I want to thank the Old Edgefield District Genealogical Society, Old Edgefield District African American Genealogical Society and the town of Edgefield, South Carolina for hosting the Southern Studies Showcase. Y’all did a fantastic job!
Tomorrow I will be giving you a little synopsis of the classes I took but today I wanted to tell you a couple of interesting things about Edgefield itself.
Edgefield is a small town with a spectacular past. It is the birthplace of ten governors. I doubt there is any other town in the entire United States that can say that. It is also home of Edgefield Pottery. They have been making pottery in this area since the very early 1800s. The “Fall Line” has a large deposit of clay along its length making this area perfect for potters. The Edgefield County Historical Society and Old Edgefield Pottery operate an authentic groundhog kiln which is fired up three to four times a year. Several local artisans use the kiln. They keep the kiln burning for two days using two full cords of wood. The temperature inside is 2500+ degrees. The kiln is then allowed to cool for four days. Saturday morning, before the second day of the Southern Studies Showcase got underway, the kiln was opened. Over 150 pieces of pottery were removed from the kiln and then were immediately put up for sale with the artisans standing by. The temperature inside the kiln was still approximately 120 degrees even after the four day cooling period.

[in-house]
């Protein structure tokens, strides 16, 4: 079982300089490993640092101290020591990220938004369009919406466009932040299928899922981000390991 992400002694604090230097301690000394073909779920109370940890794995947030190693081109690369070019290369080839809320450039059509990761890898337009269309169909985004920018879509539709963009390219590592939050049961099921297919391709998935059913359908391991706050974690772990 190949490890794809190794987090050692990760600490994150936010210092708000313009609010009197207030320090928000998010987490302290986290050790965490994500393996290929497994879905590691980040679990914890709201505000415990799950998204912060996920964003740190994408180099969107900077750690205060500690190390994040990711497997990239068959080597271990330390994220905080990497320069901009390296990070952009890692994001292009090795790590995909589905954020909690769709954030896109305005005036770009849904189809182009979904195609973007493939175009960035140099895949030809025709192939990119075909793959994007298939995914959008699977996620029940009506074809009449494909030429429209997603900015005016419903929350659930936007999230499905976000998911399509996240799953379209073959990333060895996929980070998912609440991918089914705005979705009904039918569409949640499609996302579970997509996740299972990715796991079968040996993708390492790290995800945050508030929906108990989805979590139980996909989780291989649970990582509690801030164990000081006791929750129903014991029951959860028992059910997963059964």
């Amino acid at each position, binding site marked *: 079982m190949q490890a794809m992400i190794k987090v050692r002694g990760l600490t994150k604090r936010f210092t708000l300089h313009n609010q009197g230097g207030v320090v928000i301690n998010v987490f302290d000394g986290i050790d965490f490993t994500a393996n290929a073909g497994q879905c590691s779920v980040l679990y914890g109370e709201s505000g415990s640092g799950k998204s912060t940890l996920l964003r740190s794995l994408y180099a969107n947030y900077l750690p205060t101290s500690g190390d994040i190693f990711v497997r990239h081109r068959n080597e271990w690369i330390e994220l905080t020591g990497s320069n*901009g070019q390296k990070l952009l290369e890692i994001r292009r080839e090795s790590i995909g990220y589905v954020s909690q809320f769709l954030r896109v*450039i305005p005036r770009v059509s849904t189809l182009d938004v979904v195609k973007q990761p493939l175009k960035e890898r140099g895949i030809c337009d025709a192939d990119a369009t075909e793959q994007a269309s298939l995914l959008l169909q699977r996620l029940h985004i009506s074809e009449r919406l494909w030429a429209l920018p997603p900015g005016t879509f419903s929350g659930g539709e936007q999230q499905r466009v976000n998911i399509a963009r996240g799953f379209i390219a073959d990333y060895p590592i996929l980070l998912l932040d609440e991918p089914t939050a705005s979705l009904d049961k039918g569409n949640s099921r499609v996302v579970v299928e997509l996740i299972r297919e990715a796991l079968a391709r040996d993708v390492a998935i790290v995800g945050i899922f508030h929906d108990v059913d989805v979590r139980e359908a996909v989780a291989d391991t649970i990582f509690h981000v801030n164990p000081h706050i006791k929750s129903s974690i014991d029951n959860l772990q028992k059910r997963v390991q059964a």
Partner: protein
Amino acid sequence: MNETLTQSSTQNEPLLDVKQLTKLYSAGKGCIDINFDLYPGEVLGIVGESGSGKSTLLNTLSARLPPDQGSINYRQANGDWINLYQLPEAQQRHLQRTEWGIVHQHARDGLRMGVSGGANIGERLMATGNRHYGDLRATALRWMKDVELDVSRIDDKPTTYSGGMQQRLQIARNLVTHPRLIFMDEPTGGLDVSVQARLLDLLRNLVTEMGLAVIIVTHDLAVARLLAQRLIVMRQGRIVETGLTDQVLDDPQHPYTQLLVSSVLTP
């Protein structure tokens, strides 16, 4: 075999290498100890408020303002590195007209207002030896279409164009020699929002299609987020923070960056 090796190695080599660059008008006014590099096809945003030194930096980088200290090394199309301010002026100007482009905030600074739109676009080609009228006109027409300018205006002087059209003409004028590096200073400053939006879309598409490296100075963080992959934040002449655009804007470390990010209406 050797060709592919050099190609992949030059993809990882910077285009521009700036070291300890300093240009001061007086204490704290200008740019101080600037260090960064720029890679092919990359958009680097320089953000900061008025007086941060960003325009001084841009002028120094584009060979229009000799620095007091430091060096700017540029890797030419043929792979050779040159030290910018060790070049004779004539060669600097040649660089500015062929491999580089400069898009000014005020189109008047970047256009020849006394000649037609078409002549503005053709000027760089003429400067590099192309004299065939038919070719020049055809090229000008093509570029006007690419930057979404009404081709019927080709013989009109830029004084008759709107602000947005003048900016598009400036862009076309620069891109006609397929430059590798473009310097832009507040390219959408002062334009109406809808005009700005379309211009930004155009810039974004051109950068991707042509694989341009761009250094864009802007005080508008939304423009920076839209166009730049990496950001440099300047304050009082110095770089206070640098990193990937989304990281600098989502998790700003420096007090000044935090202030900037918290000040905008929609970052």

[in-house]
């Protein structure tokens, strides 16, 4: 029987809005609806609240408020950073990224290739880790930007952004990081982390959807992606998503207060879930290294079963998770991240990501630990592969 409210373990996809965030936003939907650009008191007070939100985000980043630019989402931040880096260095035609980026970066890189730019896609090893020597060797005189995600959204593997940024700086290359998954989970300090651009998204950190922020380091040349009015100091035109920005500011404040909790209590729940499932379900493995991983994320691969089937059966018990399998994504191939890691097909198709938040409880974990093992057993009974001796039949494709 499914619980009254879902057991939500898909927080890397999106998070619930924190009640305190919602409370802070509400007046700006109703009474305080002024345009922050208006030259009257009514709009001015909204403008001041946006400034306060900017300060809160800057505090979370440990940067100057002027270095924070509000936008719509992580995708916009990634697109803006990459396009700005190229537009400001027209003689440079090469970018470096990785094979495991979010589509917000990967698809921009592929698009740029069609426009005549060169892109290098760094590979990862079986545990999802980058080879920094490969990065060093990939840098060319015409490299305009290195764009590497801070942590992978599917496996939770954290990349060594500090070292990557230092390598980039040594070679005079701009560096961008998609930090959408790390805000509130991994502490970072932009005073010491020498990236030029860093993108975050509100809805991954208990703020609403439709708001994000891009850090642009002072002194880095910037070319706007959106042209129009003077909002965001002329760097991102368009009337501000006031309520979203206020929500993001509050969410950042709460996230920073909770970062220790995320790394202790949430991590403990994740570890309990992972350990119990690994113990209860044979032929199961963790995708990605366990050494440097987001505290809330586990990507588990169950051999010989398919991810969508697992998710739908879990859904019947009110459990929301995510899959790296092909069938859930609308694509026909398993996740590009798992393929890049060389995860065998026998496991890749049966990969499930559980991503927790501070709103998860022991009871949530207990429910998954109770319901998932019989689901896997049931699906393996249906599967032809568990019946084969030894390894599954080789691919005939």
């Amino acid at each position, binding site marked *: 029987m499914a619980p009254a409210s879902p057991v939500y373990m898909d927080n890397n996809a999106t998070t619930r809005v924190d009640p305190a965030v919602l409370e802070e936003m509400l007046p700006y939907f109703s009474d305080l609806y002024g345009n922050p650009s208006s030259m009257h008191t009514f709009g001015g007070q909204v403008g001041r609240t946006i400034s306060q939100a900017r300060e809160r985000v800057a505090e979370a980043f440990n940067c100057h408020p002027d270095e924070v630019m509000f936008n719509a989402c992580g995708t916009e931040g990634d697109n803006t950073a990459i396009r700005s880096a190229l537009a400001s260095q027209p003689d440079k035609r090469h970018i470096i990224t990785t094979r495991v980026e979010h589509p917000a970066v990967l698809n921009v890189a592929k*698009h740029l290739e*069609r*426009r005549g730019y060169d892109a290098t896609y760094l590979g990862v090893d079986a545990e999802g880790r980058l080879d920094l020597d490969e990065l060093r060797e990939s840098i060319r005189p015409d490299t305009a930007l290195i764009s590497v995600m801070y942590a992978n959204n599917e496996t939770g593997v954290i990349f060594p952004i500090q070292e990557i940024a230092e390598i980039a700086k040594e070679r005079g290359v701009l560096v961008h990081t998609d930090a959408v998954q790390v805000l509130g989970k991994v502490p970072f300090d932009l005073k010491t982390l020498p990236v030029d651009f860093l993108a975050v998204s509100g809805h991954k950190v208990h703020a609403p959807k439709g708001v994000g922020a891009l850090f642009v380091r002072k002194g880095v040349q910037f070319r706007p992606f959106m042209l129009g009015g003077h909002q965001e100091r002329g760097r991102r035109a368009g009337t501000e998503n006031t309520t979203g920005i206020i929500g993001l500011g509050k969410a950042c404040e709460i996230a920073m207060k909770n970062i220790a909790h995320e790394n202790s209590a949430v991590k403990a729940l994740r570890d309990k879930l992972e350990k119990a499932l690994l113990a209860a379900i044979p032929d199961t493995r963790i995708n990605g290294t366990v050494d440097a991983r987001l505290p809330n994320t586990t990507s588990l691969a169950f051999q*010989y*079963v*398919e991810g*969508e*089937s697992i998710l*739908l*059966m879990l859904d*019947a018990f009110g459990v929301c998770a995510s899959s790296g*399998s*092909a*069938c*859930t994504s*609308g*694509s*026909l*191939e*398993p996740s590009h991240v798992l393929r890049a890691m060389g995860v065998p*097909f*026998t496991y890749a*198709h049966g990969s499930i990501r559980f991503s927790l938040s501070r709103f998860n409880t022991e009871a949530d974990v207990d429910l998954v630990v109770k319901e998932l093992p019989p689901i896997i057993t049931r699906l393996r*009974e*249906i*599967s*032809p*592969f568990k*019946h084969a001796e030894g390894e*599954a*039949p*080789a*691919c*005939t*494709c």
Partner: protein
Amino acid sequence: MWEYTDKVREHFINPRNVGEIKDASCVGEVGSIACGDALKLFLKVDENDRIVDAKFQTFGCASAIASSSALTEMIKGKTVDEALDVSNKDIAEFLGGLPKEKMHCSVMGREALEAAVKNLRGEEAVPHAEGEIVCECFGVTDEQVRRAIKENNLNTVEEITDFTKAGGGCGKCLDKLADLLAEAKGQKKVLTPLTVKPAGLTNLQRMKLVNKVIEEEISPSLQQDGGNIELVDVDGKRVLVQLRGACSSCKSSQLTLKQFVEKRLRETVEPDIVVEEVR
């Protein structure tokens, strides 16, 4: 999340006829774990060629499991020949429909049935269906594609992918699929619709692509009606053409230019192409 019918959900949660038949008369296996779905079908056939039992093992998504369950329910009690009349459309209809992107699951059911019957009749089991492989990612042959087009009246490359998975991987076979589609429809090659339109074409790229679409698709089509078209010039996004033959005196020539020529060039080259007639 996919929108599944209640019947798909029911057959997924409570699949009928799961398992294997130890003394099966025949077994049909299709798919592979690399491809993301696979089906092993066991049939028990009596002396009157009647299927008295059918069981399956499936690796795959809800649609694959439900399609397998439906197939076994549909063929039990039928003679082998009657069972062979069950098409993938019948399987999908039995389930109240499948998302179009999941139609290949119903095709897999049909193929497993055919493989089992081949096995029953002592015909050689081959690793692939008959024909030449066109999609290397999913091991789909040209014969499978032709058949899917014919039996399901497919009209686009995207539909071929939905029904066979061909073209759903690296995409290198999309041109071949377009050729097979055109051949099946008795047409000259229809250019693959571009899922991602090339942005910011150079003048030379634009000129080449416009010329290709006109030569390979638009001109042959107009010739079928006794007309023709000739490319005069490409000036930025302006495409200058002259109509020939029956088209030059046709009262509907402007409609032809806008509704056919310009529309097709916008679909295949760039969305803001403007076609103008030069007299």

Here are a few pictures:
Here is a trivia question for you: Why is the clay in the deep south red and what is the difference between the clay you dig up out of the ground here in the south and the “slip” they use when making ceramics? Answers tomorrow!
Copyright © 2013 Michele Simmons Lewis